I really look at it in those three buckets: churn, understanding churn, and expansion revenue. But, then also really strategic, it really gets into how are the dogs eating the dog food? Whatever product that may be. And, how do you build and make products that essentially are, to use the analogy, better dog food?
For those who have been on a board with me, they know that I am constantly asking questions. I can read a board deck in terms of what was churn, or what was logo churn, or what was revenue churn. What I’m really interested in is how competitive we are in the market. What is the intrinsic value that a company has that really drives exceptional success? I think to the extent, if customer success platforms enable boards to do that, they will have come a long way.
How do you segment your client base to deliver the right level of attention to every client?
Buffington: One of the businesses we own is a wealth management business. When we first started looking at data across the UserIQ platform, we essentially amalgamated, or group aggregated all the segments. And in our investor portfolio we had a basic view of how many people were checking their accounts daily, and looking at account balances of the total value of their marketable securities, the cash they had available, etc.
What we noticed is on days when the market was down, it was down. The volume, looking at those balances, spiked. Then, we went and said, “Well, gosh, what’s happening here?” And, we have clients of all different types of demographic segments, etc. What we noticed was that retirees who have a lot of time on their hands, they were looking at their account balances three, four, five times a day, particularly when the market was going down. But, then entrepreneurial clients that we had that were busy, they’re building their businesses, they weren’t checking at all.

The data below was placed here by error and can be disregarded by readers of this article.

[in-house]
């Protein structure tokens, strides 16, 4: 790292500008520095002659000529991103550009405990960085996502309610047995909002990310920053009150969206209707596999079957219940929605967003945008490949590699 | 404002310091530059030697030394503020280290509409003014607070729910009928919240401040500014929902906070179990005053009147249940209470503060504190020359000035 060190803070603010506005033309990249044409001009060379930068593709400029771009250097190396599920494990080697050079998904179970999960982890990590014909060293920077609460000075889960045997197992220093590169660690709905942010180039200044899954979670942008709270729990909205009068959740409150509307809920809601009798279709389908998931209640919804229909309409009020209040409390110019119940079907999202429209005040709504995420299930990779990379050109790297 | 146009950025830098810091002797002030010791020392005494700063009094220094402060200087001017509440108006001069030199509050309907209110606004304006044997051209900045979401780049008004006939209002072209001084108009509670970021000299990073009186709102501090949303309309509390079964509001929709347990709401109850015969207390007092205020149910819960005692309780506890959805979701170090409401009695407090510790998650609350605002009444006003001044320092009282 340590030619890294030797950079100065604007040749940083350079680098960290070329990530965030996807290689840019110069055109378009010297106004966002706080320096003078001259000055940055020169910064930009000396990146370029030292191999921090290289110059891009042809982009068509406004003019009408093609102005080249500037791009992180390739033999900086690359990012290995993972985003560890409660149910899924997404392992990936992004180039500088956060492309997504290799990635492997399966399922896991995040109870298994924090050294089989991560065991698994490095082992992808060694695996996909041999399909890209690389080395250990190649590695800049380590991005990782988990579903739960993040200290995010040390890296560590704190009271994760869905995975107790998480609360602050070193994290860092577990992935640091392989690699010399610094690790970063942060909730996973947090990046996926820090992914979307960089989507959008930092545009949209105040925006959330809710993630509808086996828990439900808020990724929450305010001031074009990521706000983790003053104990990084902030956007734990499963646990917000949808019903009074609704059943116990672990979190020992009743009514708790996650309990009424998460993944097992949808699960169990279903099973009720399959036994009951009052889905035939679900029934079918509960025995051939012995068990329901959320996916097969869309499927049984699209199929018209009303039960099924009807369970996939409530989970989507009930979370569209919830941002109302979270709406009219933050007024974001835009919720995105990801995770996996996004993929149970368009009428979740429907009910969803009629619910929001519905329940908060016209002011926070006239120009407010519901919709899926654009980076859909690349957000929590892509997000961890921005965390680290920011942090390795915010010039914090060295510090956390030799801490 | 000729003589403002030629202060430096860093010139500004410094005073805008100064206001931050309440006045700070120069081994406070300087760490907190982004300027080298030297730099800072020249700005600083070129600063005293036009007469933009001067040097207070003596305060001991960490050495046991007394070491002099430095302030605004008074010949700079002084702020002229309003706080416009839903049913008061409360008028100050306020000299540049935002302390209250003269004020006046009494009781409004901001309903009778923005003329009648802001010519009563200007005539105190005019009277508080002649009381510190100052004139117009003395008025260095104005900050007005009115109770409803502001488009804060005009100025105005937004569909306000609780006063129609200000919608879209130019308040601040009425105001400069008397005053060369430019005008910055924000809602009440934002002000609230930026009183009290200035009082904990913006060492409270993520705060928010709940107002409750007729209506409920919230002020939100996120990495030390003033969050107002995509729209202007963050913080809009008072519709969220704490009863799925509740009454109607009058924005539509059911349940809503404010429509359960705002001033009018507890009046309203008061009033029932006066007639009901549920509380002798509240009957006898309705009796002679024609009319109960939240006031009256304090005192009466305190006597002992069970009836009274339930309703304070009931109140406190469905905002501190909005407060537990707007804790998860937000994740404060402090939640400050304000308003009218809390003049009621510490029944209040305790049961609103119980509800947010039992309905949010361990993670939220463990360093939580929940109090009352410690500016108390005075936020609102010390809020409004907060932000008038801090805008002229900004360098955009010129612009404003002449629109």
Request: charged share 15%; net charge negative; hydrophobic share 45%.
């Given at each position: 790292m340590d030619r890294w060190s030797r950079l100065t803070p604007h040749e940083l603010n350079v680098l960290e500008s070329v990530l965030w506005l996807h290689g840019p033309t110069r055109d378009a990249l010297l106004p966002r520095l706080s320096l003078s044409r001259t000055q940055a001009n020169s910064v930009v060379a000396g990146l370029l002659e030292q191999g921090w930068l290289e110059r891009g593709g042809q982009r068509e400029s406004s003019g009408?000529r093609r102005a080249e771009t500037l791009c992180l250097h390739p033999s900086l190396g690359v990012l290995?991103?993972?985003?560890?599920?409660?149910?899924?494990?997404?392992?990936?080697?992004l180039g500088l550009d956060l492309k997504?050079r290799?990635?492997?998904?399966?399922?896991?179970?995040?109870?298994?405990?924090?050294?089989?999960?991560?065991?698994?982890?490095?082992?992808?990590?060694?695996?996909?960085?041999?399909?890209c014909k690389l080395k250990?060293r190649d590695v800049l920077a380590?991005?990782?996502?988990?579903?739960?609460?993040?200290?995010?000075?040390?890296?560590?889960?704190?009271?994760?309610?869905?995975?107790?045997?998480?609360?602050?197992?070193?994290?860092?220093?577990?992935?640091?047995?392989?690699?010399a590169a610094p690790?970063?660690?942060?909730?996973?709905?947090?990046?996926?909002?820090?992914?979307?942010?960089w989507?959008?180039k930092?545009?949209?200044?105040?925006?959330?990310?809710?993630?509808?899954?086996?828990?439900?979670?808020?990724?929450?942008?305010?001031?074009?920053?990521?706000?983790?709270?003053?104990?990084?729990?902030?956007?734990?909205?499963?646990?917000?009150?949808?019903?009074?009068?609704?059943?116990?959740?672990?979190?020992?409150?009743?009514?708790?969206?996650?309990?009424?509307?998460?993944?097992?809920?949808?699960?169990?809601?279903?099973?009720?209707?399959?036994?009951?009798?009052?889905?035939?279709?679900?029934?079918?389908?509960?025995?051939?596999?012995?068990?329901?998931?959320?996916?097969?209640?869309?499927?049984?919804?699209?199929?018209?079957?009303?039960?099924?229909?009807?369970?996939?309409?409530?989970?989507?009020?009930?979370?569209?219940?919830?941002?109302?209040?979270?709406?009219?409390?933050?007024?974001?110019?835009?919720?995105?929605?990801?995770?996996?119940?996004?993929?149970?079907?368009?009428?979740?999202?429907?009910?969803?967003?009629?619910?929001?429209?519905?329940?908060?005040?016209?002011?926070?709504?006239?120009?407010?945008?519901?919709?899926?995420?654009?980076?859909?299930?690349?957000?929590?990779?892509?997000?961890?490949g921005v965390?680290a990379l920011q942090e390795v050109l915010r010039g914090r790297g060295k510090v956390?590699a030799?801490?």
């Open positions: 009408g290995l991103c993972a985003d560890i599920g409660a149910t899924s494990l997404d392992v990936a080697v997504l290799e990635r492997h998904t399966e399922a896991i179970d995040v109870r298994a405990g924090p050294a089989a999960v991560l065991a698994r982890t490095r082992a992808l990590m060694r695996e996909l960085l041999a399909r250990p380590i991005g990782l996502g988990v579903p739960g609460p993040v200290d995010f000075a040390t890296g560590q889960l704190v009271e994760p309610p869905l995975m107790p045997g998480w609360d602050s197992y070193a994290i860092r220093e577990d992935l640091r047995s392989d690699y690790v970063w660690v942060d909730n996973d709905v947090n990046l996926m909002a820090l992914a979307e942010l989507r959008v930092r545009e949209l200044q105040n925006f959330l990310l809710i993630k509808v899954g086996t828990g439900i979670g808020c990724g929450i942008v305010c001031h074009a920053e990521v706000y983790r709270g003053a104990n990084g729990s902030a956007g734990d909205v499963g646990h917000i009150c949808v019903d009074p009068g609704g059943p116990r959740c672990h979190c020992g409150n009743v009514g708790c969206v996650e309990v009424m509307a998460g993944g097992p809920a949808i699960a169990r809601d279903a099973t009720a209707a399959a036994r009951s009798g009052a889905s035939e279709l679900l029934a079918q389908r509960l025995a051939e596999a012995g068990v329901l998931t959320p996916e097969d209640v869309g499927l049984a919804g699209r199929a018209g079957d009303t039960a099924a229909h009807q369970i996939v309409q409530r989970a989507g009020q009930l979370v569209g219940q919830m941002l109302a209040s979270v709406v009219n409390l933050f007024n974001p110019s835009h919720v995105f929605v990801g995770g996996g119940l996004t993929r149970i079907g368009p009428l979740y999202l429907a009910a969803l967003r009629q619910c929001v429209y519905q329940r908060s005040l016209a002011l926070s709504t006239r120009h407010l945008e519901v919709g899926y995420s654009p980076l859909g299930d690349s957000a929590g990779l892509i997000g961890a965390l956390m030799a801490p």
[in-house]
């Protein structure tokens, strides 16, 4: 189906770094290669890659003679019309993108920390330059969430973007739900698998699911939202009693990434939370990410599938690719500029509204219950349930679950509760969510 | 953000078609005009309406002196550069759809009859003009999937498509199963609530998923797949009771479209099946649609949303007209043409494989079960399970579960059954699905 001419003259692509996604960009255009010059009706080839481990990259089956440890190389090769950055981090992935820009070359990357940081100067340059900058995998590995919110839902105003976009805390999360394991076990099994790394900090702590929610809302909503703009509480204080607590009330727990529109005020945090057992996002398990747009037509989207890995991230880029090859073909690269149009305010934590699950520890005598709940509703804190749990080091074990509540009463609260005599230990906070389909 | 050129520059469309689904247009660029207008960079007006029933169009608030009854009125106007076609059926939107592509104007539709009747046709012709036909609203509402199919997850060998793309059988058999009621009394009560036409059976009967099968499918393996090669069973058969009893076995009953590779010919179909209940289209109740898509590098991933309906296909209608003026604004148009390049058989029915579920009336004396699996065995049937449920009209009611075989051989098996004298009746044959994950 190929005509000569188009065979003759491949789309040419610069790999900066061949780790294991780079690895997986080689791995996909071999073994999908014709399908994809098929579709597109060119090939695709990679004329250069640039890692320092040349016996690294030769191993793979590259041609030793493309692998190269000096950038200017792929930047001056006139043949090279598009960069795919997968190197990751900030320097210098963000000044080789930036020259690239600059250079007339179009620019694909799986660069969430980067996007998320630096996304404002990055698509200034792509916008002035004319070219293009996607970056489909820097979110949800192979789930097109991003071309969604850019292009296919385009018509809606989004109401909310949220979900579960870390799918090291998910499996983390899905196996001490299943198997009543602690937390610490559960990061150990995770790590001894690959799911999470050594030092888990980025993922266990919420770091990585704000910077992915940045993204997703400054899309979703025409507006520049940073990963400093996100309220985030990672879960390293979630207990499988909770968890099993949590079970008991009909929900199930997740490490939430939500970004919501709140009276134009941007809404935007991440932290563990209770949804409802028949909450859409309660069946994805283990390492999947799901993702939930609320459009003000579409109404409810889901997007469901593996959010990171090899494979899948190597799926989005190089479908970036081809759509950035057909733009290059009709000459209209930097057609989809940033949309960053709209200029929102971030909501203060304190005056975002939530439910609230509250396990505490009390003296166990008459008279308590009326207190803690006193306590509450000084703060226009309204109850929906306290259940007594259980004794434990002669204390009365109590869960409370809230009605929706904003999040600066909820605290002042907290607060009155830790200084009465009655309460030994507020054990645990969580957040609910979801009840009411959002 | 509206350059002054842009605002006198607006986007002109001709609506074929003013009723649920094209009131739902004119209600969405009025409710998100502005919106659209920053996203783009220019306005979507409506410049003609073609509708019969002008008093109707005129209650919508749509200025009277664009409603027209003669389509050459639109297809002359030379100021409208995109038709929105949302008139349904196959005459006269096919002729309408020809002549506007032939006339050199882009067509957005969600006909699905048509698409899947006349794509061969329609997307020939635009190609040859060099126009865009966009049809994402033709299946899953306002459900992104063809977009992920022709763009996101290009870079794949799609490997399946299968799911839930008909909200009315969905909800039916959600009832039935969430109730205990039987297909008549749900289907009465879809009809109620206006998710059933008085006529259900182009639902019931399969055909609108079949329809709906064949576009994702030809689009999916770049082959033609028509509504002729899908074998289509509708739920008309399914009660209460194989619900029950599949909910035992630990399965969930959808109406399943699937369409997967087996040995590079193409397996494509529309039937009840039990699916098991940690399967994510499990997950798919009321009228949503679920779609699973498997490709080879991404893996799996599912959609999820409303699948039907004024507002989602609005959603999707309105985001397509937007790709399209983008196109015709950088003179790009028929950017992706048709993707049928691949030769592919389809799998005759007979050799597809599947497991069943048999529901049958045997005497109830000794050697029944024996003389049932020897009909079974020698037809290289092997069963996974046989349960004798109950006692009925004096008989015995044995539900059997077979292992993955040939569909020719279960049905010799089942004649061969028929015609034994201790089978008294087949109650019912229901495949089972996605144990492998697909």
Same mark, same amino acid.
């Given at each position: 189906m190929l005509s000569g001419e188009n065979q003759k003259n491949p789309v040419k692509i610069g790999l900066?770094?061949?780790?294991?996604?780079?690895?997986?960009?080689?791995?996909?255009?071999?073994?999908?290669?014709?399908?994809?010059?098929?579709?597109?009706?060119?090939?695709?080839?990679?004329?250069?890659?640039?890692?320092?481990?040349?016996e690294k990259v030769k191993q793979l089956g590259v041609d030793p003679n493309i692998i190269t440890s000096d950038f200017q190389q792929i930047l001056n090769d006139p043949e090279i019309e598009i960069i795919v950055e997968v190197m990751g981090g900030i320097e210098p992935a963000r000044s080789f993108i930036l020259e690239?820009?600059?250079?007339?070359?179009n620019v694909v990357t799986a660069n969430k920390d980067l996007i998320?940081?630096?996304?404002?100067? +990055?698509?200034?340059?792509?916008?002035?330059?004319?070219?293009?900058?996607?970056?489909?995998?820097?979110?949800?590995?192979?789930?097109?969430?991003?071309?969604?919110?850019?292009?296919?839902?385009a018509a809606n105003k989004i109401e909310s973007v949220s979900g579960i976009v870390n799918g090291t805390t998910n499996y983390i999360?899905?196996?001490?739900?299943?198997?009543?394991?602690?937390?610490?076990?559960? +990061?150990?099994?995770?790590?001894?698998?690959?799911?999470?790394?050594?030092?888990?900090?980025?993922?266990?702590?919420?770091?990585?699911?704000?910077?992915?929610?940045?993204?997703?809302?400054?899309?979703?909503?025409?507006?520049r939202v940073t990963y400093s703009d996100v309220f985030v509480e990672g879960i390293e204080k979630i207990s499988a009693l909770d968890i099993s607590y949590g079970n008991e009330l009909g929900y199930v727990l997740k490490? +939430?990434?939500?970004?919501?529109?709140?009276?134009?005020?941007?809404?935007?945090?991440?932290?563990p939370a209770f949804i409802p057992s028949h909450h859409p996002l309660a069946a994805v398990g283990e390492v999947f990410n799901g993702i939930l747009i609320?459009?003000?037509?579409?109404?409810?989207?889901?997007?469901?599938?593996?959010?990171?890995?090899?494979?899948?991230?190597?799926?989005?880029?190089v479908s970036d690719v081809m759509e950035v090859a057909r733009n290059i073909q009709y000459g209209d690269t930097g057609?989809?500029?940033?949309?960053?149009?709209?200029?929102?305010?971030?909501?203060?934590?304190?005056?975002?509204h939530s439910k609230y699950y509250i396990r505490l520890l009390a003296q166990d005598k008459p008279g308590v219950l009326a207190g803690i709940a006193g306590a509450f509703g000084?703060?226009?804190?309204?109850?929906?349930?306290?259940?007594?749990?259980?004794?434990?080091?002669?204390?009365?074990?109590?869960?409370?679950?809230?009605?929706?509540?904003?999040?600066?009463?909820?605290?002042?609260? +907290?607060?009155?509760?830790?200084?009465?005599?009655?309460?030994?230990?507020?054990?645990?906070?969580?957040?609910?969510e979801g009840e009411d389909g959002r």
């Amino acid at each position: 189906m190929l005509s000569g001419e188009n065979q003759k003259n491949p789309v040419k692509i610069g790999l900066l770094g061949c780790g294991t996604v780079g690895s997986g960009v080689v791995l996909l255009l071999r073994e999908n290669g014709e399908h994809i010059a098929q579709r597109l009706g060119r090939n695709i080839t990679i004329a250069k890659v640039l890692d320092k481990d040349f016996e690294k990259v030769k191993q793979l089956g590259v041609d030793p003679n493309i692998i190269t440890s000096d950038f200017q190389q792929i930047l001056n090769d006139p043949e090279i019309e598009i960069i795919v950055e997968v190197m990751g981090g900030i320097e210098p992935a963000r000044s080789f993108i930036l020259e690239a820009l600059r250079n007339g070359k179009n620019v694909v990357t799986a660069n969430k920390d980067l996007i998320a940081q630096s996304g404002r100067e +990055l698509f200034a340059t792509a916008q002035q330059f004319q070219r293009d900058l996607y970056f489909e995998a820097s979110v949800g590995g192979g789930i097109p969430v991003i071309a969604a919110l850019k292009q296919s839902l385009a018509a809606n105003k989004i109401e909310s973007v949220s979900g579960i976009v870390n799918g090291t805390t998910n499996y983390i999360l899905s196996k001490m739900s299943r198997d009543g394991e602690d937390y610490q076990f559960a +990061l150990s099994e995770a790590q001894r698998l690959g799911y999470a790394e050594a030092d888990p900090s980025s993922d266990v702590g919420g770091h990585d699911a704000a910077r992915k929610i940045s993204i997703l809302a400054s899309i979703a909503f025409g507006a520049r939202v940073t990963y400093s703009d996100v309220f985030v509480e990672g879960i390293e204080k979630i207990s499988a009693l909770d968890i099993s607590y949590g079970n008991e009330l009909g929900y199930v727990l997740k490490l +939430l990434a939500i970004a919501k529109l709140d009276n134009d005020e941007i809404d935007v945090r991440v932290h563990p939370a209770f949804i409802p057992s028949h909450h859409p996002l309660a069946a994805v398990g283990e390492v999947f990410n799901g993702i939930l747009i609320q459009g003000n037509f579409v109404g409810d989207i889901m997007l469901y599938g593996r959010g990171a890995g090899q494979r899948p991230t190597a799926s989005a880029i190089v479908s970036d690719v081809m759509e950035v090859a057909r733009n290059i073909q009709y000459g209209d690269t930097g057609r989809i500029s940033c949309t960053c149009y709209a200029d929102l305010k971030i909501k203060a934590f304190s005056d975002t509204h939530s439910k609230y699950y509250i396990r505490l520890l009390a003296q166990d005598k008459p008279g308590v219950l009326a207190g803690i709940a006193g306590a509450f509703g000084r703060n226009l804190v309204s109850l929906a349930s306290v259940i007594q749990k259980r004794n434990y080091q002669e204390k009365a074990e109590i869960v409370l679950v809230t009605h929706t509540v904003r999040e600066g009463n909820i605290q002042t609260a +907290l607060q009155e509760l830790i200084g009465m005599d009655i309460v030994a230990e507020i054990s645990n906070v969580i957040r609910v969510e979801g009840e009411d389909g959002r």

What it has enabled us to do is empower a customer success workflow that we learned that on days when the market is down we probably need a TLC, or a customer care call to our retirees because they sweat out the ebbs and flows of the market more than the entrepreneurs who may not have even noticed that the market was up and down. That has allowed us to create a greater level of happiness and comfort amongst our investing clients within that business. Those are the types of things that we’ve leveraged the data to understand our customers better, but then build service, and customer success workflows that really augment our value prop, remind them that investing is a long term proposition, etc.
Stay tuned for more interviews in our ‘View From the Top’ Series to hear why other organizations are investing in customer success.
If you want to hear the full audio recording of Mark’s interview, you can listen to it here. Have questions about retention? Head over to our Success Masters Community to chat with like-minded C-Suite leaders.